The last time Ross Douglas suited up for a primetime game at Rutgers, he dressed in maize and blue for Michigan in 2014.
He still recalls the scene vividly.
“First thing, I just remember us losing,” Douglas said. “The fans were rushing the field. That’s the biggest thing I remember. The third downs got really loud. I just remember it being a great atmosphere.”
When the Scarlet Knights (2-3, 0-2) face the No. 4 Wolverines (5-0, 2-0) at 7 p.m. on Saturday, Douglas reports to the home sideline this time at High Point Solutions Stadium. The junior defensive back graduate-transferred from Michigan to Rutgers in January.
The matchup stirs a reunion of sorts for Douglas, who was a reserve running back in his three years with the Wolverines.
“I prepare for every game the same way, but I would be sitting here lying to you if I was saying (the Michigan game) didn’t have a little bit extra emotion or motivation to it,” Douglas said. “So I just got to keep my emotions in check and just continue to prepare the way I know how to.”
Injuries limited Douglas’ overall activity in the first five games, but this week offers a chance to make an impact again on defense.
The 5-foot-10, 180-pounder made his debut in the opener at Washington with two tackles and half a sack. He left the home opener against Howard due to injury.
Douglas did not dress against New Mexico and did not play the next week against Iowa. Last week, he returned to the field in a special-teams role at No. 2 Ohio State.
“Coaches didn’t feel like I was physically well enough to contribute in a game (on defense) yet,” he said. “I’ve been battling some injuries throughout this year, but I’m getting better.”
Head coach Chris Ash echoed those sentiments when he addressed the reason behind that decision.
“Ross had been injured, got hurt in the Howard game,” he said. “But he’s not 100 percent, but we slowly got him back last week and he was able to do a couple things on special teams. Knowledge and football IQ is not an issue for Ross at all. It’s just being able to go out and play.”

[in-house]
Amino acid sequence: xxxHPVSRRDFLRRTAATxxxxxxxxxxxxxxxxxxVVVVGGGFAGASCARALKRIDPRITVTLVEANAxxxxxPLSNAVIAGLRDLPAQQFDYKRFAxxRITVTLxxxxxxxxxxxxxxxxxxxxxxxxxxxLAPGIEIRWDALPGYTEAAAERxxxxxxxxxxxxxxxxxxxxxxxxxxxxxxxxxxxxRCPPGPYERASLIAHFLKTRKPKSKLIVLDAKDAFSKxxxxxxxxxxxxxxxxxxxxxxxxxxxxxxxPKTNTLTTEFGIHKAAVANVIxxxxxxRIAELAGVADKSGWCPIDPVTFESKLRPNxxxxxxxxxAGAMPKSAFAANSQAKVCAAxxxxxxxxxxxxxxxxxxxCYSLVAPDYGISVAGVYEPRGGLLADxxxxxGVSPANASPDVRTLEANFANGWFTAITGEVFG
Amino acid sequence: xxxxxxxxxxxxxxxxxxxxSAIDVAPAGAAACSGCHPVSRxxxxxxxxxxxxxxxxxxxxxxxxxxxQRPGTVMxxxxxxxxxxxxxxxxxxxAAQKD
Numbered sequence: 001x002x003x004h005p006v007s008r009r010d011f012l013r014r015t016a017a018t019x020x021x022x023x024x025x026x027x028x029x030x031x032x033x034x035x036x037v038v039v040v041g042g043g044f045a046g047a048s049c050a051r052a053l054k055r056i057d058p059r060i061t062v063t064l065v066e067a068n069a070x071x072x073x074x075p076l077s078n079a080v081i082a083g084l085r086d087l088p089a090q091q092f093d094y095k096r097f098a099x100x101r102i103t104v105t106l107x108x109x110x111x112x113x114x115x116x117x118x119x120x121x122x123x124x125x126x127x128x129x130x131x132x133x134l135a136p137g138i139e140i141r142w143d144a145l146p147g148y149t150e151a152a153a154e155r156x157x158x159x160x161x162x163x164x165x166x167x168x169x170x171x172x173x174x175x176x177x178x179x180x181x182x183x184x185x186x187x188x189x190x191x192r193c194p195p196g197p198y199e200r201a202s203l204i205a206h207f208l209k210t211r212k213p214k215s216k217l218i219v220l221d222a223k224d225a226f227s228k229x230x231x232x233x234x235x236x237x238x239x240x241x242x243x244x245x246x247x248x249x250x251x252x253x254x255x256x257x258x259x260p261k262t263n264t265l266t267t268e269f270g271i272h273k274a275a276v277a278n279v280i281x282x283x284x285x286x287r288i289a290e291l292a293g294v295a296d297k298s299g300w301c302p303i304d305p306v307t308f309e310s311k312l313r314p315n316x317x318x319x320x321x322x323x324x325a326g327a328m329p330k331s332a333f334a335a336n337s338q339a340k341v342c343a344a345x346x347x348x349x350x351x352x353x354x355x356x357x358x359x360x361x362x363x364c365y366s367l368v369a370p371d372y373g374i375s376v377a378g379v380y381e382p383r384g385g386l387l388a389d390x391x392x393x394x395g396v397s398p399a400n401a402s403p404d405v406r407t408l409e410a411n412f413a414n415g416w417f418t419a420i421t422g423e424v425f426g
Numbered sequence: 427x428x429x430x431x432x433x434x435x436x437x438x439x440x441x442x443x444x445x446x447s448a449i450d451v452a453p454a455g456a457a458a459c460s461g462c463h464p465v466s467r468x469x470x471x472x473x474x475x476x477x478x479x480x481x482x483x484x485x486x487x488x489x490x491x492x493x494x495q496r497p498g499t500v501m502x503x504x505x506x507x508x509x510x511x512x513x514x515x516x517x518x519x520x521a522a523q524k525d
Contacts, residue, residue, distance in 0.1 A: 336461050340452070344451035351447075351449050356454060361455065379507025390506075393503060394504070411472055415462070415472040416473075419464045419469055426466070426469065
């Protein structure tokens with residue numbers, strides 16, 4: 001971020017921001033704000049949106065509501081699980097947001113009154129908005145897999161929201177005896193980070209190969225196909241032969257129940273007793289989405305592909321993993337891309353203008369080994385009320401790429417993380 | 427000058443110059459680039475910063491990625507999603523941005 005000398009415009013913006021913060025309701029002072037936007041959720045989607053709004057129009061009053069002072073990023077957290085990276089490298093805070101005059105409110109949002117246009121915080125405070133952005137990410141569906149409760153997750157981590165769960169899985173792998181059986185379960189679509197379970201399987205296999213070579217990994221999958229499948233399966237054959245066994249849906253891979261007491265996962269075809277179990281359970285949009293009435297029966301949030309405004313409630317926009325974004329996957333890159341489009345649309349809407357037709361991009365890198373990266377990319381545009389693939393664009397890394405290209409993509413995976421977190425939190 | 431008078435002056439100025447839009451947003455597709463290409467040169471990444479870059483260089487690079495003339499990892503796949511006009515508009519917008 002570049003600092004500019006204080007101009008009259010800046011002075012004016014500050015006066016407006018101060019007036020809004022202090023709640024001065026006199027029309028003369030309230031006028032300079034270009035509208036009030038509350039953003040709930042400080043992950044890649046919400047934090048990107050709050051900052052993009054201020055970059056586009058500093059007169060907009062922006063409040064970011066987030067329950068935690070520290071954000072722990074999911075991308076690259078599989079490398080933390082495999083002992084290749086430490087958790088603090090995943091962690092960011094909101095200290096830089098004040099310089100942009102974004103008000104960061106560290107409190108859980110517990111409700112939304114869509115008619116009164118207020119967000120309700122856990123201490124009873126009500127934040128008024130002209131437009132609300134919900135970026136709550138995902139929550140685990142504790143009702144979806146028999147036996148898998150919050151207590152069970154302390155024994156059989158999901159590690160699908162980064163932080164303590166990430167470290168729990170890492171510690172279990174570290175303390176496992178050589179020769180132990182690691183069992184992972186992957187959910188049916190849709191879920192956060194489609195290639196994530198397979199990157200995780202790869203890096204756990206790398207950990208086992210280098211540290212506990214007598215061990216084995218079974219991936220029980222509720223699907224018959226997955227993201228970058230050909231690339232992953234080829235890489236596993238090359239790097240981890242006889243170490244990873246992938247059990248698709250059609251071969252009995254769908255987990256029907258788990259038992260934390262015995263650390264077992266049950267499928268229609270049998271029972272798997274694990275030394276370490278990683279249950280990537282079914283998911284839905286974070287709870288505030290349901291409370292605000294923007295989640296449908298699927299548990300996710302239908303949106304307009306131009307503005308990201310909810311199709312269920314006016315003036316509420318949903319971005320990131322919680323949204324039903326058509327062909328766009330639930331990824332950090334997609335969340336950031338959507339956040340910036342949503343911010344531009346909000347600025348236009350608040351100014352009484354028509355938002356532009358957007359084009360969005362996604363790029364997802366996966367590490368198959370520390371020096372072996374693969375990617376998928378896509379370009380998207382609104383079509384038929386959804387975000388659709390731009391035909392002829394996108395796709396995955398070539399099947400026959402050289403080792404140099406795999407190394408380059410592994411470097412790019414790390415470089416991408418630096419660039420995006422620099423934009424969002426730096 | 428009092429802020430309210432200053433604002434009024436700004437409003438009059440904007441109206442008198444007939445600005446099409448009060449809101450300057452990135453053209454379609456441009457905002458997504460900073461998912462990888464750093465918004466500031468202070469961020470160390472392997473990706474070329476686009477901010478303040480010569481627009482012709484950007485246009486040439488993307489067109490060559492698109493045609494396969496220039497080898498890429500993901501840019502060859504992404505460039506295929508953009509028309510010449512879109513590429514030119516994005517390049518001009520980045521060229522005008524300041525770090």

As the main backup to sophomore cornerbacks Blessuan Austin and Isaiah Wharton, Douglas saw time at the nickel in the first two weeks of the season. In the week of practice leading up to Ohio State, he lined up at safety.
When it comes to his role in the secondary, Douglas said he is open to multiple positions.
“Wherever coach Ash tells me to play, that’s where I got to play,” Douglas said. “So I’m open to whatever. Whether the safety, nickel, corner, I’m here. … So I don’t know what the plan is about easing me back in, but I mean, whatever they tell me to do, I’m all for it.”
Defensive coordinator Jay Niemann commended Douglas’ approach through the injuries.
“Very coachable, great kid, hard worker,” Niemann said of Douglas. “Very, very smart football player. Got a lot of good football IQ. He offers a lot. What his status is from a health standpoint, that’s up to the trainers at this point. … But I think he’s going to contribute, definitely, and there’s going to be a role for him, for sure, on this team as we move forward.”
Wherever Douglas lines up against the Wolverines, he will do so around familiar faces. Douglas said he regularly keeps in touch with his former teammates.
But when it comes down to Saturday and the game itself, Douglas’ approach is strictly business.
“I’m in a group chat with about 10 of them,” he said. “So I talk to them on the daily — not just about football, but just about everything. We’re really good friends, so I keep in close touch with all of them.
“It’ll be fun. It’ll be like those old days on State Street practicing with all those guys. … But we’re trying to win a ballgame, so all emotions got to be set aside. We got to play to win.”